Four months out of bankruptcy, Global Crossing Ltd. is taking a detour on its road to recovery. The carrier disclosed in April the access charges it paid to local phone companies were greater than it had estimated in its financial statements.
Global Crossing revealed it may have to restate financial results for 2002 and 2003 depending on the outcome of an investigation into the accounting issue.
The company says a preliminary assessment indicates it underestimated its accrued cost-of-access liability at year-end 2003 by approximately $50 million to $80 million. Global Crossing’s “cost of access operating expenses” totaled $1.915 billion in 2003.
Following the announcement, Global Crossing disclosed it had been notified its shares may be delisted from the NASDAQ National Market due to noncompliance with filing requirements. NASDAQ representatives did not respond to a request for comment.
Lawsuits have been filed against Global Crossing officers on behalf of investors, alleging the executives depicted a false picture of company financials. Shares of Global Crossing have declined precipitously since the beginning of the year. On May 24, shares closed at $14.09, down from $34.50 Jan. 2. Global Crossing emerged from bankruptcy in December, nearly two years after collapsing under $12.4 billion in debt.
In March, along with reporting its 2003 earnings, the company provided guidance for 2004. Global Crossing projected annual revenue of between $2.55 billion and $2.7 billion, down from $2.93 billion in 2003. Including stock compensation expense, the company projected an EBITDA (earnings before interest, taxes, depreciation and amortization) loss of $130 million to $160 million.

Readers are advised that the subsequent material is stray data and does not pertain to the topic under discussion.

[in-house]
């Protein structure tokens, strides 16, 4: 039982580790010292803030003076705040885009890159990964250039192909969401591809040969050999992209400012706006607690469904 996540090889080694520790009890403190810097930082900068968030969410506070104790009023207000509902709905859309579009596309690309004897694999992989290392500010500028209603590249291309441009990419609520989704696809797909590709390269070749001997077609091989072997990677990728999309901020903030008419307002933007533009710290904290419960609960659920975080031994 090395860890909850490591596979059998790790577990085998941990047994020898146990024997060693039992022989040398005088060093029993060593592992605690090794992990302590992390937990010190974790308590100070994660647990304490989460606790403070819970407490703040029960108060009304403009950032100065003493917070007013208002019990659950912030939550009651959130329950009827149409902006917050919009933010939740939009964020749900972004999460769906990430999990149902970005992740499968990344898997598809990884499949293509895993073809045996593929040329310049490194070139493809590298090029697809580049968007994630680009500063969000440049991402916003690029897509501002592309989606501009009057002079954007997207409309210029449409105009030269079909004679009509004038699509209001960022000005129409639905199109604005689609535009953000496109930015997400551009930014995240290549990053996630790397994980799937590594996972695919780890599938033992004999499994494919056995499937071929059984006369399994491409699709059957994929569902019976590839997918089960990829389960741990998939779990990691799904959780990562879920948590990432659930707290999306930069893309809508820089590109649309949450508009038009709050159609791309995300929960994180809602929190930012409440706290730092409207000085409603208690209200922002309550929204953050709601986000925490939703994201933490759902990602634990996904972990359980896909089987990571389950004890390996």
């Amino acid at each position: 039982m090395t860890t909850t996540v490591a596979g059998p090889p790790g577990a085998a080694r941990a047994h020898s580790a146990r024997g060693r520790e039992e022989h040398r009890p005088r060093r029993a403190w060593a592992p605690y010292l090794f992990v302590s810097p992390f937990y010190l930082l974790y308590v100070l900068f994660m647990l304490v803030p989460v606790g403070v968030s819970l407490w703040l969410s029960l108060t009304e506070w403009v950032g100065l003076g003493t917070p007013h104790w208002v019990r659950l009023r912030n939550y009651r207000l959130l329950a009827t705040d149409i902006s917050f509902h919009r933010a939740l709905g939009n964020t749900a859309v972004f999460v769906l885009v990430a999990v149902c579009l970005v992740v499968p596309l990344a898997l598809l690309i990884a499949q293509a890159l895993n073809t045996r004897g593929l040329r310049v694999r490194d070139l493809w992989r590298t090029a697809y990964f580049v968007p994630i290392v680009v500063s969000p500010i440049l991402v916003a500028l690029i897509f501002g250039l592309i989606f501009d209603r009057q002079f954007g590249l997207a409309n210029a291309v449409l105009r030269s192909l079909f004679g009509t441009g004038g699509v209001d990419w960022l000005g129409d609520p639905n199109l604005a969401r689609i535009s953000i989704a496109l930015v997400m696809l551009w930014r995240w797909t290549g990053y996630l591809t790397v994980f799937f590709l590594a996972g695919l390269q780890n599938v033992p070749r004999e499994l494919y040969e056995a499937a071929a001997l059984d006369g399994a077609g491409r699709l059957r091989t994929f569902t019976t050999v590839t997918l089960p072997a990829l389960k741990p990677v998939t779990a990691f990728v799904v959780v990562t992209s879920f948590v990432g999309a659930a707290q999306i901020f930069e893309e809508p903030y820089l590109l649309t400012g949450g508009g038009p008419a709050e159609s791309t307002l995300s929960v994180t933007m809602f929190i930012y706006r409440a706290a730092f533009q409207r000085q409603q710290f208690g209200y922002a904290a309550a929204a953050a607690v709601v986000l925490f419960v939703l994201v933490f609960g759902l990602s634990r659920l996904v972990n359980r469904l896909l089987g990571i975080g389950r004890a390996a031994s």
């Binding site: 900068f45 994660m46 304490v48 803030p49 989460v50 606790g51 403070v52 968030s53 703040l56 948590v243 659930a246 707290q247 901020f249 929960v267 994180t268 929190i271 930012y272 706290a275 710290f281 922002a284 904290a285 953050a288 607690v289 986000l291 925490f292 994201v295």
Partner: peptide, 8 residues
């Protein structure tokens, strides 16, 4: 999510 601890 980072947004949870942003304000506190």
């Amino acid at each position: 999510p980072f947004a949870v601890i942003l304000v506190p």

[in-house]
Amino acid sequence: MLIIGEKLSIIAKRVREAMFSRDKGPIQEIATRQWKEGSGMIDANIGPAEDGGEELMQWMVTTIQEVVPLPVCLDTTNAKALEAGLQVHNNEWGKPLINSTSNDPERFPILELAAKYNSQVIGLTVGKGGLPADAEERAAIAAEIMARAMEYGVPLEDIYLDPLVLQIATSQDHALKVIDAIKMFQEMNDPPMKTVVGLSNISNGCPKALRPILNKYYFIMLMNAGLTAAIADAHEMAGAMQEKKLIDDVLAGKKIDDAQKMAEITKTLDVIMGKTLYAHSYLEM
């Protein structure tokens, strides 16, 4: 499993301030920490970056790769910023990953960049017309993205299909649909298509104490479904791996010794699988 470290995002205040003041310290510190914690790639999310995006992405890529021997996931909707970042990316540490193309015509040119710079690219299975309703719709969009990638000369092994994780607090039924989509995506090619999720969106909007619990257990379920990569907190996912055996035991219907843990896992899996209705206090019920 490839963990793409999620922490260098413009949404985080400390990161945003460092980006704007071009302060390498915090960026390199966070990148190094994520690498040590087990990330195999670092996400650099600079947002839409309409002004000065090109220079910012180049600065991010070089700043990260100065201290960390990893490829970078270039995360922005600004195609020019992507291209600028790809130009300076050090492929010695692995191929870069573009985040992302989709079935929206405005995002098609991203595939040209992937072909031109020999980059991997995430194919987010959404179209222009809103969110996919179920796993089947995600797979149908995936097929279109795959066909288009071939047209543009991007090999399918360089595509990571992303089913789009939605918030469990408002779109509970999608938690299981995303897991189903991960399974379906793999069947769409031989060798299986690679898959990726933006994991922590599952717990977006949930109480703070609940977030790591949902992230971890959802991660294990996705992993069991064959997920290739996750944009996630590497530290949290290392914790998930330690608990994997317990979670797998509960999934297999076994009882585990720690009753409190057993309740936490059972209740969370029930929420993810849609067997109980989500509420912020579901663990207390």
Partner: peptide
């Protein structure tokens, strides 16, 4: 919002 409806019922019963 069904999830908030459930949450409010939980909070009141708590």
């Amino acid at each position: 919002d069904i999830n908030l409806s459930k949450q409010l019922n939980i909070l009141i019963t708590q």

A Global Crossing spokeswoman says the guidance is no longer valid. “Any guidance we gave when we put out Q4 earnings must be disregarded due to our review into our cost-of-access liabilities and possible restatements,” she explains.
Despite the accounting setback and sinking stock price, the company also has been the subject of some positive headlines in recent months. On May 19, Global Crossing announced reaching an agreement with an affiliate of Singapore Technologies Telemedia to secure a $100 million bridge loan. ST Telemedia acquired a 61.5 percent stake in Global Crossing as part of its massive restructuring.
Besides ST Telemedia, some big-name investors also are backing Global Crossing. Carlos Slim, the richest man in Latin America, and his family are seeking to acquire an interest in the company exceeding 10 percent but less than 20 percent, according to a May 18 filing with the Vermont Public Service Board. In March, Global Crossing acknowledged Slim and his family acquired a 9.1 percent share of common equity in the company, or 5 percent of total equity.
The Slim family has a controlling interest in Telefonos de Mexico, SA (Telmex), the biggest phone company in Mexico, and numerous other telecommunications companies in Latin America, according to the filing; the family also owns roughly a 13 percent stake in MCI.
“Having major investors of the Slim entities’ significant stature and reputation would enhance Global Crossing’s ability to attract capital investment,” the filing states.
Slim, who (according to Forbes Magazine) has a net worth of $13.9 billion, is not the only billionaire with a stake in Global Crossing. Billionaire Richard Rainwater, of Fort Worth, Texas, bought 2.61 million shares of Global Crossing stock for $24.4 million between March 17 and May 11, according to a Securities and Exchange Commission filing. Rainwater owns a 13.6 percent stake in Global Crossing, according to the filing, and purchased 318,000 shares for $13.68 a share the day the company disclosed the accounting mishap.
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May 24 2019 @ 15:22:08 UTC